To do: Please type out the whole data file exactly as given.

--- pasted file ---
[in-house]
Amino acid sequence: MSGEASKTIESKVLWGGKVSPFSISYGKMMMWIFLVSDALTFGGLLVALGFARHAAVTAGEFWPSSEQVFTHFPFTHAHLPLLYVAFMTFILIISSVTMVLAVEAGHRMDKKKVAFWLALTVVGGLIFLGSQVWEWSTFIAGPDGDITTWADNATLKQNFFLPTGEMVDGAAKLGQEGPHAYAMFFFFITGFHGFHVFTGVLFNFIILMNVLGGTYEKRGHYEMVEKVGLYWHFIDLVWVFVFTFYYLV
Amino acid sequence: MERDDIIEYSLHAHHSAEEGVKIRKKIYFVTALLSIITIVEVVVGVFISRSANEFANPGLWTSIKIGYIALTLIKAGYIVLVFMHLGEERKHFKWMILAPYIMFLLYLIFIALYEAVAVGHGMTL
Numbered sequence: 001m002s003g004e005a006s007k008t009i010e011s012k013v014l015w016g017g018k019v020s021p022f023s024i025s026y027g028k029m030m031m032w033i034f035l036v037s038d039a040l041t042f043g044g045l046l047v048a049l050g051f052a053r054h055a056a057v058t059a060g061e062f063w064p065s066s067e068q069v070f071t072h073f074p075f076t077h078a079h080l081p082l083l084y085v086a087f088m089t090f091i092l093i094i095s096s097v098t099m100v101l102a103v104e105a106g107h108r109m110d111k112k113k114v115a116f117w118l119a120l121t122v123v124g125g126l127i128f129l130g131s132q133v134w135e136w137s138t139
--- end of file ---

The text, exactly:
[in-house]
Amino acid sequence: MSGEASKTIESKVLWGGKVSPFSISYGKMMMWIFLVSDALTFGGLLVALGFARHAAVTAGEFWPSSEQVFTHFPFTHAHLPLLYVAFMTFILIISSVTMVLAVEAGHRMDKKKVAFWLALTVVGGLIFLGSQVWEWSTFIAGPDGDITTWADNATLKQNFFLPTGEMVDGAAKLGQEGPHAYAMFFFFITGFHGFHVFTGVLFNFIILMNVLGGTYEKRGHYEMVEKVGLYWHFIDLVWVFVFTFYYLV
Amino acid sequence: MERDDIIEYSLHAHHSAEEGVKIRKKIYFVTALLSIITIVEVVVGVFISRSANEFANPGLWTSIKIGYIALTLIKAGYIVLVFMHLGEERKHFKWMILAPYIMFLLYLIFIALYEAVAVGHGMTL
Numbered sequence: 001m002s003g004e005a006s007k008t009i010e011s012k013v014l015w016g017g018k019v020s021p022f023s024i025s026y027g028k029m030m031m032w033i034f035l036v037s038d039a040l041t042f043g044g045l046l047v048a049l050g051f052a053r054h055a056a057v058t059a060g061e062f063w064p065s066s067e068q069v070f071t072h073f074p075f076t077h078a079h080l081p082l083l084y085v086a087f088m089t090f091i092l093i094i095s096s097v098t099m100v101l102a103v104e105a106g107h108r109m110d111k112k113k114v115a116f117w118l119a120l121t122v123v124g125g126l127i128f129l130g131s132q133v134w135e136w137s138t139